The capability of the higher efficiency devices to capture CTCs was evaluated with blood samples from patients diagnosed with three common types of cancer. Blood samples from three NSCLC patients, three prostate cancer patients, and three breast cancer patients were processed (Supplementary Table 1),29 as well as blood samples from healthy donors of the same age. We selected the Vortex HE1 device for capture of CTCs from cancer patient samples because the HE1 device is less prone to channel clogging than HE2 due to slightly larger channels and filter designs, making it usable for a longer processing time and larger blood sample volume. The same samples were also processed through the previous Vortex Chip for comparison. These samples were stained for CK, expressed in many cancer cells of epithelial origin, CD45 to identify WBCs, and DAPI to stain nuclei.
All three lung, all three prostate, and two of three breast cancer samples had higher numbers of CTCs captured with the Vortex HE1 device than with the Vortex Chip (Fig. 4(a)). When compared with the Vortex Chip device, the HE1 device captured on average 4 fold more total cells from cancer patients. A few cells that fit the criterion for CTCs were also seen in healthy samples, which can be used as a baseline threshold for disease. For healthy samples, the HE1 device captured, on average, two fold more cells than the Vortex Chip. Therefore, separate healthy thresholds have to be defined for each device. The maximum number of cells defined as CTCs found in the healthy samples was used as the threshold for each device. The threshold for Vortex HE and Vortex Chip is 1.5 CTCs/ml and 0.33 CTCs/ml, respectively. Both devices identified CTCs above threshold in 67% of the cancer patients. A size distribution of the CTCs collected shows that 60% of the CTCs Vortex HE1 collects are below 15 μm, whereas 30% of the CTCs captured by Vortex Chip are in this range (Fig. S5).29 Capturing additional cells can aid in downstream molecular analysis and in sampling a larger section of tumor heterogeneity.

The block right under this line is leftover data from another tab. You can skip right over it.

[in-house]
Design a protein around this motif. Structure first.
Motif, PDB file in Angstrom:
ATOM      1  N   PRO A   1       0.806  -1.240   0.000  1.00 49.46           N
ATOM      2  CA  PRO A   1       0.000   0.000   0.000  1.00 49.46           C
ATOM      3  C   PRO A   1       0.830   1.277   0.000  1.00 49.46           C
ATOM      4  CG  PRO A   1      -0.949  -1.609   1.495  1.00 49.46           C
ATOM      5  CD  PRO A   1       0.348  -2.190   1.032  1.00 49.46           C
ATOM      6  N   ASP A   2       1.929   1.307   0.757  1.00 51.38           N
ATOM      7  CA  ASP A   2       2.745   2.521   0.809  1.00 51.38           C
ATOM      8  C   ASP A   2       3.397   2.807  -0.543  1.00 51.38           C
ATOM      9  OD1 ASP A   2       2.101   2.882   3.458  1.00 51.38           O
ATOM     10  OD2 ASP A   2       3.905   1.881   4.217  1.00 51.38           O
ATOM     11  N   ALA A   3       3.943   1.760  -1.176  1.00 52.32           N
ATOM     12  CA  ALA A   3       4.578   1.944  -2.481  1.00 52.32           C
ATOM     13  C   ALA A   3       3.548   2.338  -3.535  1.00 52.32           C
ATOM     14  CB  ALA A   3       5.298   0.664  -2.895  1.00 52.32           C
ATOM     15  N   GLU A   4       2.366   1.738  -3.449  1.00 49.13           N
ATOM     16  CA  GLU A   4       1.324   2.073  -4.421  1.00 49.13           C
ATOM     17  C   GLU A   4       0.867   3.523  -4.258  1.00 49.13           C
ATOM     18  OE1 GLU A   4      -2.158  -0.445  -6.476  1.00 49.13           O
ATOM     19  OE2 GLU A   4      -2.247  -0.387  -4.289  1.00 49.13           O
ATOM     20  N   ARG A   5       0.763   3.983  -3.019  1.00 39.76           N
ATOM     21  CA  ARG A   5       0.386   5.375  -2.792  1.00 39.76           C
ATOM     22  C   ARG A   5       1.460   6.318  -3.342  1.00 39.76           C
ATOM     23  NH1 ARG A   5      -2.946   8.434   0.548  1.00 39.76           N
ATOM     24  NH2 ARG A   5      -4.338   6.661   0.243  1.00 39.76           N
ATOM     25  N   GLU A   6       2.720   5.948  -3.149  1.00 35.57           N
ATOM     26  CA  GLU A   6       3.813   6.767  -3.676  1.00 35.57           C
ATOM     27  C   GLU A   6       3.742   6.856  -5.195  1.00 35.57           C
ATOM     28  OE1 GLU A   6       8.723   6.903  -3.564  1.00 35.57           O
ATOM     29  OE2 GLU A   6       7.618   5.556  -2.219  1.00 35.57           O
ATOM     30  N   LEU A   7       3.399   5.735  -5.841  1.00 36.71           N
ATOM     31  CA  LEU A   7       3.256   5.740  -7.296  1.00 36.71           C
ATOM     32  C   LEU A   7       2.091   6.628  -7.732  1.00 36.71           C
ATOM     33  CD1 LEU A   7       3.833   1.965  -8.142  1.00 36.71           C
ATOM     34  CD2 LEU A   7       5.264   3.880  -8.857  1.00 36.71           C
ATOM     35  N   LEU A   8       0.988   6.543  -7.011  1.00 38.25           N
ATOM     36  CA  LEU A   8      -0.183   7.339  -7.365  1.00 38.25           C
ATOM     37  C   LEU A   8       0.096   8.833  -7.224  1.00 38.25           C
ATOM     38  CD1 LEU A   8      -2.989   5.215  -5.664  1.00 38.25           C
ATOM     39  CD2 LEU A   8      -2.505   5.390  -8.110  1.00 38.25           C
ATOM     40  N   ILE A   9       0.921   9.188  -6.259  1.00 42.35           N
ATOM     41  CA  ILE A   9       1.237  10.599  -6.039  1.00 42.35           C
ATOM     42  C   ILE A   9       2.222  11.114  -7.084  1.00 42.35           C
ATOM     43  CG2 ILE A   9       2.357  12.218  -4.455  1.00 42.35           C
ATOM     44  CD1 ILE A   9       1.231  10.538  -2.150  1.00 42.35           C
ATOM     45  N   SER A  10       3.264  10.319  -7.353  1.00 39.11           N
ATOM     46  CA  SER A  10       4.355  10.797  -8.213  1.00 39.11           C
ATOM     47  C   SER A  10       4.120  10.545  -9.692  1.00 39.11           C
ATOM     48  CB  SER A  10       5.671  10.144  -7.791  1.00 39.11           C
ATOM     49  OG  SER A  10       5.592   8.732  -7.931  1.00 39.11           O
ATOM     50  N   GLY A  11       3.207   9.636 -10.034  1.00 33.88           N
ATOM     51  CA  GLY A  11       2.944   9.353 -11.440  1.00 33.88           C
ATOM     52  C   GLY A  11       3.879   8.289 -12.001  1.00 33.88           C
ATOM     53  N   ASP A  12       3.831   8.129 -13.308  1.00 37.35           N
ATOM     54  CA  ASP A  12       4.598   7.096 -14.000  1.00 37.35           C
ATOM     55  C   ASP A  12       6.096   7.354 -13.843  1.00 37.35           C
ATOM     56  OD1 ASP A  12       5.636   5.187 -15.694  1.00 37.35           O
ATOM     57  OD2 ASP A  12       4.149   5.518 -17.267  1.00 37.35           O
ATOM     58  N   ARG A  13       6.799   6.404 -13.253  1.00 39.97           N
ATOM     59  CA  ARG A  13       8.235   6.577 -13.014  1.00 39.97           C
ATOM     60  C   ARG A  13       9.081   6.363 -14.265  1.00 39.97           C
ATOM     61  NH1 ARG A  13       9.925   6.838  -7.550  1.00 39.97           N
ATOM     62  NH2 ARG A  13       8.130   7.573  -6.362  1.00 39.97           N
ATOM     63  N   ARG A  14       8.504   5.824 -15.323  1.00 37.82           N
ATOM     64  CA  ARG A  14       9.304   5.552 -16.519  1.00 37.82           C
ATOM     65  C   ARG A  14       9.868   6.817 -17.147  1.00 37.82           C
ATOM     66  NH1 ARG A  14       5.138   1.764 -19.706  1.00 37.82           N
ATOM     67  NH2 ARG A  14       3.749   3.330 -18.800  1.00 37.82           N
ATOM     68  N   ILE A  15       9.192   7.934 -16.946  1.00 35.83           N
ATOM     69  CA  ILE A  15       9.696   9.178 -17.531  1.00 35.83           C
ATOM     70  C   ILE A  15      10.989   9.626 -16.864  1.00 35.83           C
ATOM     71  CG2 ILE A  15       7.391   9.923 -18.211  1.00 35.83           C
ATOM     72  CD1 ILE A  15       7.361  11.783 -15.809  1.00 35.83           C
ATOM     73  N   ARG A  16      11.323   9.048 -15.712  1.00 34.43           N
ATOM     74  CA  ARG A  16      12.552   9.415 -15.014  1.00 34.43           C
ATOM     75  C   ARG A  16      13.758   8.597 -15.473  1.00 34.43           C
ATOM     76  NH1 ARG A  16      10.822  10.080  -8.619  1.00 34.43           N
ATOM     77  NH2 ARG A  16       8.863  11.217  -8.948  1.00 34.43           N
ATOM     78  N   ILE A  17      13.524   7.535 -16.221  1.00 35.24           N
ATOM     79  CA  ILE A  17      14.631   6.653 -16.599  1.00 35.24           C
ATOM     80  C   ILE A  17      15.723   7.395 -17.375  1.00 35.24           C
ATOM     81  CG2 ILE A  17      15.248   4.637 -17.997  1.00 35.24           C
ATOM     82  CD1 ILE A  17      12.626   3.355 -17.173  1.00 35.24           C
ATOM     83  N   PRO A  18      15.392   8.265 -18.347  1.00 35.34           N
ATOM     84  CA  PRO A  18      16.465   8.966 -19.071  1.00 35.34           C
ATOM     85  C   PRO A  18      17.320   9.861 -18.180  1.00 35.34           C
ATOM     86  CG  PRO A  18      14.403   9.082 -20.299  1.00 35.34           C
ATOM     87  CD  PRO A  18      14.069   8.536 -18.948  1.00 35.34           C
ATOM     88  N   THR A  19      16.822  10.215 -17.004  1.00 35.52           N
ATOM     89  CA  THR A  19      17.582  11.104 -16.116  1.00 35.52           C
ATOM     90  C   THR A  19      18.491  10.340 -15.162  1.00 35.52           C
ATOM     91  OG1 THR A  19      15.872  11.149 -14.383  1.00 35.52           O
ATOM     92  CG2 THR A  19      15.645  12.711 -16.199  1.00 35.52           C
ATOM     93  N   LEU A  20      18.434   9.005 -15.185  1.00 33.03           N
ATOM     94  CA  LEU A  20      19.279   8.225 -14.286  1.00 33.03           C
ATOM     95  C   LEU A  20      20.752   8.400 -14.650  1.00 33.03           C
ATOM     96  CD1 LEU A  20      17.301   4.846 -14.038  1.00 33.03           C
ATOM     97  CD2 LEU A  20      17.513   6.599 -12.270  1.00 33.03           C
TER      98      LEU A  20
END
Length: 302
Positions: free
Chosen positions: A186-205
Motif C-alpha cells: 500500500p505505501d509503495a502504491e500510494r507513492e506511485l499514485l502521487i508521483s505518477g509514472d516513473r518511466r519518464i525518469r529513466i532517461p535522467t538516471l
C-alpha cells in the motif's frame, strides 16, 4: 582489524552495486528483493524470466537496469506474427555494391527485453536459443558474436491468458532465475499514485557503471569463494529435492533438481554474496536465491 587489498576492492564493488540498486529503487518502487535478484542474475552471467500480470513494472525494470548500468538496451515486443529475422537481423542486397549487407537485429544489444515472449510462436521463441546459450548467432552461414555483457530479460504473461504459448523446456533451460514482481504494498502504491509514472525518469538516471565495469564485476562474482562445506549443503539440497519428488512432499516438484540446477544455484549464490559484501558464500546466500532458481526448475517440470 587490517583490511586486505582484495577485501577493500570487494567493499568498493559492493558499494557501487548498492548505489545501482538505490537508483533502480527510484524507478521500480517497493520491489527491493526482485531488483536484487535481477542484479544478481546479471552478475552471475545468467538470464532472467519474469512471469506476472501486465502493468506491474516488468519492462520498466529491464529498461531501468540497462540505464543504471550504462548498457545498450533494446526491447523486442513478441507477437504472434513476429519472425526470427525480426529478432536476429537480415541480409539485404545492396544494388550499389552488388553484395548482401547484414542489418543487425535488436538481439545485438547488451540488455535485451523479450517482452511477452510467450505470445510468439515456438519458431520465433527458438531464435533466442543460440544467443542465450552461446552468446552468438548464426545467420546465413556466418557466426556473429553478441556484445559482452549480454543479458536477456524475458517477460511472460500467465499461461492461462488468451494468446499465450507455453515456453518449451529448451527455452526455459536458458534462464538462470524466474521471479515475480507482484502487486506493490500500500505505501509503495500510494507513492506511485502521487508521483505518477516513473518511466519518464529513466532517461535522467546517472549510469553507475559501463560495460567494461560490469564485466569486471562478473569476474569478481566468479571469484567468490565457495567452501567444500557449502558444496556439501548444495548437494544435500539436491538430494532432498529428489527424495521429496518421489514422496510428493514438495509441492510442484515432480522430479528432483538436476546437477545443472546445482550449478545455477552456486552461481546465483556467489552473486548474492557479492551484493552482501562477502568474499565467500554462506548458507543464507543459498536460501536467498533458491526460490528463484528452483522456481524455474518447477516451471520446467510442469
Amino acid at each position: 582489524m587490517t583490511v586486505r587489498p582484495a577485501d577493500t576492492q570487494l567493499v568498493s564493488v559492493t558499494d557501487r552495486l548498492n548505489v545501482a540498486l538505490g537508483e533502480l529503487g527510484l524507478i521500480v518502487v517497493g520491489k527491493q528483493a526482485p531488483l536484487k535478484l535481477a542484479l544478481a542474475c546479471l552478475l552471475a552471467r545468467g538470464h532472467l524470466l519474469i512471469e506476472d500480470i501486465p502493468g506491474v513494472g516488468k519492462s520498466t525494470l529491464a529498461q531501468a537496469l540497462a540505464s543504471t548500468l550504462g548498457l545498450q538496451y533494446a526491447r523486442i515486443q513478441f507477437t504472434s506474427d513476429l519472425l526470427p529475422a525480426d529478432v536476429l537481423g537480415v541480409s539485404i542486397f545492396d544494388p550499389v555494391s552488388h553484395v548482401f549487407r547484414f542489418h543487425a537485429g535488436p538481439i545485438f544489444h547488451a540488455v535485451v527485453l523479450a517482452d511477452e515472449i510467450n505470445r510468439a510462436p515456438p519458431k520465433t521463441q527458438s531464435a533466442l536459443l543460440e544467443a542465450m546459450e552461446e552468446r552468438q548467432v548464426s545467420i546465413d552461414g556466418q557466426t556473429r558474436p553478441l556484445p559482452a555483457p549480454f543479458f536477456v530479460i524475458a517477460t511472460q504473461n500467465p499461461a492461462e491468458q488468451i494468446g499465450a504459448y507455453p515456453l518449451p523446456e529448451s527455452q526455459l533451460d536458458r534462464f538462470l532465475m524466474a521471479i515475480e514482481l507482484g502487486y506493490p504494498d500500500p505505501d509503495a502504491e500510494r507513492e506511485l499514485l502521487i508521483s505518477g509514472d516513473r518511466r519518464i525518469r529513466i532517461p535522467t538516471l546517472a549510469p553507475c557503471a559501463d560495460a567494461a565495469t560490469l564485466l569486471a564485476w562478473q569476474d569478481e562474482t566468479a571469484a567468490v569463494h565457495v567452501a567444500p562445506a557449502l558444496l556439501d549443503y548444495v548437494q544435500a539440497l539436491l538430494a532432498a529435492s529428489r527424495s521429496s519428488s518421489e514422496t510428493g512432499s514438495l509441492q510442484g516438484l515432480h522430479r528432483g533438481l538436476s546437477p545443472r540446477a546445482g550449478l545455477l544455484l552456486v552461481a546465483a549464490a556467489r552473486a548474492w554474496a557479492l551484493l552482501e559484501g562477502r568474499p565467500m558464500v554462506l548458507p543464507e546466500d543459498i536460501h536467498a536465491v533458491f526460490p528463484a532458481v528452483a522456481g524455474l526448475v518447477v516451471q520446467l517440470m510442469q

Interestingly, the HE1 device was able to capture rare CD45+ cells larger than normal WBCs for one breast cancer and one prostate cancer patient. These cells, which were not seen in our previous studies using the Vortex Chip, were larger than 20 μm, and showed a low nuclear to cytoplasm ratio (Fig. 4(b)). These cells could potentially be rare circulating macrophages, which has been observed by others as well.34 The HE1 device may be capturing a rare population of WBCs that circulate in the blood stream in specific patients and conditions. Further investigations could potentially reveal new metrics for assessing disease states based on the number of rare large circulating cells beyond CTCs, which are effectively isolated with the new design.
We also found a subset of CTCs from all three cancer types that lacked cytokeratin expression (DAPI+, CD45−, and large N/C ratio). To further characterize these CTCs, we investigated whether these cells possessed markers consistent with an EMT. Using a vimentin/N-Cadherin cocktail, immunostaining revealed that one lung and one breast cancer patient each had one cell that was negative for CK and positive for vimentin and/or N-Cadherin. One lung cancer sample also contained 7 cells that were positive for both vimentin/N-Cadherin and CK (Fig. S7).29 Only cells collected from Vortex HE had EMT markers. These results indicate that Vortex HE is able to capture some rare CTCs that have transitioned to a mesenchymal state.